TAMPA — Let’s get this straight: Andrei Vasilevskiy is not responsible for the Game 4 loss. Or Game 3, for that matter.
The Lightning defense has allowed Toronto to operate too freely in front of the net. There have been too many bodies screening Tampa Bay’s goaltender, too many deflections thwarting him. It’s more than just Vasilevskiy’s goals-against average that has the Lightning on the exit ramp to doom.
On the other hand, if the Lightning fail to pull off a mini-miracle in the next three games against Toronto, this will feel like a playoff series that Vasilevskiy could have singlehandedly won.
Maybe that sounds contradictory, so let me explain.
The past two seasons have shown there isn’t a whole lot of difference in the level of talent between Tampa Bay and Toronto. The Maple Leafs have Mitch Marner and Auston Matthews. The Lightning have Brayden Point and Nikita Kucherov. The Leafs have John Tavares. The Lightning have Steven Stamkos. The Leafs have Morgan Rielly. The Lightning have Victor Hedman. Yes, Tampa Bay’s depth has dissipated and, yes, Ryan O’Reilly has changed the dynamic in Toronto but, all in all, these are similar teams.
Except in the net.
Vasilevskiy is Tampa Bay’s rainmaker. The Conn Smythe winner. The guy who closes the deal. The best goaltender in the NHL. This was not supposed to be a showdown between Vasilevskiy and Toronto goalie Ilya Samsonov, because it looked to be such a mismatch. Samsonov had a 1-6 playoff record and little acclaim. Vasilevskiy had two Stanley Cups and a road map to the Hall of Fame.
And, yet, there is an argument to be made that Samsonov has outplayed Vasilevskiy. At the very least, Vasy has failed to steal a game for Tampa Bay in the series.
There’s a relatively new hockey statistic called goals saved above average (GSAA) or above expectation. It’s calculated differently by different outlets, but it basically charts the number of shots faced by a goaltender and measures that versus the number of scores. Some versions just use league averages in the calculation, and some judge the quality of the shot. In other words, some calculations may not have any subjectivity, good or bad, and others might have an argumentative quality.
Again, there is an interpretive quality to those stats, so they shouldn’t be quoted like scripture, but you get the idea. Basically, it says there is at least a reason to wonder about Vasilevskiy’s performance against Toronto.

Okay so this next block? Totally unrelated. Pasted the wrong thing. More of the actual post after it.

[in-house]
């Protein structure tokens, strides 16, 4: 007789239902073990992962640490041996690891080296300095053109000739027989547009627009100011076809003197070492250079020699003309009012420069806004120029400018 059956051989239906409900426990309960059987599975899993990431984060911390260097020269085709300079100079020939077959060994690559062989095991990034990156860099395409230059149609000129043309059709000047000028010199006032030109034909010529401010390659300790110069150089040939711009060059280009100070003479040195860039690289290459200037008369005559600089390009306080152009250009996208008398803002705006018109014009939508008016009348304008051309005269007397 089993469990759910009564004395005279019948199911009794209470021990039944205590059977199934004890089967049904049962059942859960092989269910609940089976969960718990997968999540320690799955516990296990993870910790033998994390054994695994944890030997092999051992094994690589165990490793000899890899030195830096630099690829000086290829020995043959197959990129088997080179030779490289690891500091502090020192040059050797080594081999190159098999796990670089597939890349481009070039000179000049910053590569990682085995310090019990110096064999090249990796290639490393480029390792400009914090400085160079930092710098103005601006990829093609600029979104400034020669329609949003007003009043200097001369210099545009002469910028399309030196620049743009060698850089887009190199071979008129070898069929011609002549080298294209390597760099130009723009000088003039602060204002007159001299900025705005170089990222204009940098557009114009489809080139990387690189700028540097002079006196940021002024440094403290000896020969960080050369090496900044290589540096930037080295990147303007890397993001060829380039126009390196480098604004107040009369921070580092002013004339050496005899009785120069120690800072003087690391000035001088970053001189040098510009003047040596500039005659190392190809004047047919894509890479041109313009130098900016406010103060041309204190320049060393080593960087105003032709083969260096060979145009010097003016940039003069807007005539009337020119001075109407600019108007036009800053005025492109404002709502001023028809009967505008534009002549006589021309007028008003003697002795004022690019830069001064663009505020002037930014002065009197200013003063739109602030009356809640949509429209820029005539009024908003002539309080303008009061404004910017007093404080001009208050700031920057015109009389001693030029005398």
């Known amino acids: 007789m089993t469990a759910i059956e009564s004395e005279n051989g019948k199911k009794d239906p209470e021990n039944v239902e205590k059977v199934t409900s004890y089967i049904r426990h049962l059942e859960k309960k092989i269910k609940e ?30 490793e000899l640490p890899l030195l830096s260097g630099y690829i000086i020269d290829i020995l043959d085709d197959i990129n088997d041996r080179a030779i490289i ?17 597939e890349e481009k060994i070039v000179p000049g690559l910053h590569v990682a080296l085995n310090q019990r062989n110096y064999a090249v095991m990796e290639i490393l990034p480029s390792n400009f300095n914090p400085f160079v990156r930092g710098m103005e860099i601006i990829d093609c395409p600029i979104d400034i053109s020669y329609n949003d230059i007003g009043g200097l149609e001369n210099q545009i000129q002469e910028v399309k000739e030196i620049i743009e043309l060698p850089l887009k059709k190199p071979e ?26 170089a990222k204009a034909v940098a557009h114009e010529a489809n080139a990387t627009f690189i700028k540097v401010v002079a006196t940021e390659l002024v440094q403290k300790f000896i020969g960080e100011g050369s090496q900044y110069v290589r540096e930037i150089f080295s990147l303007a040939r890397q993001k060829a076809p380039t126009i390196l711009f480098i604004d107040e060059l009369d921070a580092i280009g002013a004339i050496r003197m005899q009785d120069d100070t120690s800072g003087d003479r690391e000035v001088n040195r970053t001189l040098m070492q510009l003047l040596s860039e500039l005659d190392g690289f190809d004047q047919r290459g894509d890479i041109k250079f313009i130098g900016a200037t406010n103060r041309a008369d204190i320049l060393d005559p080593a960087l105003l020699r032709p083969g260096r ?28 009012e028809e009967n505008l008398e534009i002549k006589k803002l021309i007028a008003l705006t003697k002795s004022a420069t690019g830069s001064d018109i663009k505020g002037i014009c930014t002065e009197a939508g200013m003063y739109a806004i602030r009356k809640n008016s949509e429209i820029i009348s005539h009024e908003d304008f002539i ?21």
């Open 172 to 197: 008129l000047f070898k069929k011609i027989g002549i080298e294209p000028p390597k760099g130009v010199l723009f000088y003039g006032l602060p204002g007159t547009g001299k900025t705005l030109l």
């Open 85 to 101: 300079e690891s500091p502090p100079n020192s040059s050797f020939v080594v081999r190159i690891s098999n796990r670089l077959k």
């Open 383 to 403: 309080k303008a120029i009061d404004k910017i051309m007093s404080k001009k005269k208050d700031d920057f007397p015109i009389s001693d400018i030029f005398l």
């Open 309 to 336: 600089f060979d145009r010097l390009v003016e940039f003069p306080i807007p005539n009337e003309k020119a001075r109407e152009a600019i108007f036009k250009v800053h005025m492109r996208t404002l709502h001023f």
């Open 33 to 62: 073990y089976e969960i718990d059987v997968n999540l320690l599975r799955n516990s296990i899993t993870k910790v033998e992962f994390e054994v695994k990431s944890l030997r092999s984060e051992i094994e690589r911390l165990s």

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Lightning coach Jon Cooper is not buying it. At all.
“What’s been wrong with Vasilevskiy’s performance?” Cooper said on Tuesday. “If I look through this series, the Marner goal in Game 2, for sure (he) wants to have back. But after that? Realistically, what are we saying he’s done wrong other than make all the saves he’s supposed to?
“Look at (Monday) night, I don’t know who is stopping the (Noel) Acciari tip. Nobody is stopping that. And who is stopping the Matthews tip? Nobody is stopping that. The Rielly goal, the third one, we come off our check and completely screen our goalie. And the winning goal — was that (Alexander) Kerfoot? — like, who is stopping that? No goalie in the league. Take any goalie, take the best goalies in the history of the game, they’re not stopping any of those.”
It’s absolutely true that three of the five goals scored by Toronto in Game 4 came off deflections. So did one of the four goals in Game 3. There is no reasonable way you can blame Vasilevskiy for any of those scores.
“I think the onus is on the guys in front of him to try and be a little bit better,” Cooper said. “In the end, give Toronto credit for some of the plays they’re making.
“It’s something we’ve got to be better at and, hopefully, Toronto digresses a little bit in that department.”
So maybe I’m setting the bar too high. It’s true that Lightning players and coaches routinely refer to Vasilevskiy as the best goaltender on the planet and he usually does live up to that billing. So maybe we have gotten too spoiled by seeing otherworldly saves on an almost-routine basis.
That’s why, when Rielly flips a wrister past Vasilevskiy from 55 feet away as he did in overtime in Game 3, it feels like a shock. And when he does it again from 53 feet away to tie the score in the third period of Game 4, it’s jarring.
There are often too many moving pieces to definitively say whether a goalie should have made this save or that save, but we’ve grown accustomed to Vasy rescuing the Lightning at big moments, and that hasn’t happened yet against Toronto.
I wouldn’t necessarily say he has played poorly in this series.
But he has not been the best goalie on the planet, either.
John Romano can be reached at firstname.lastname@example.org. Follow @romano_tbtimes.
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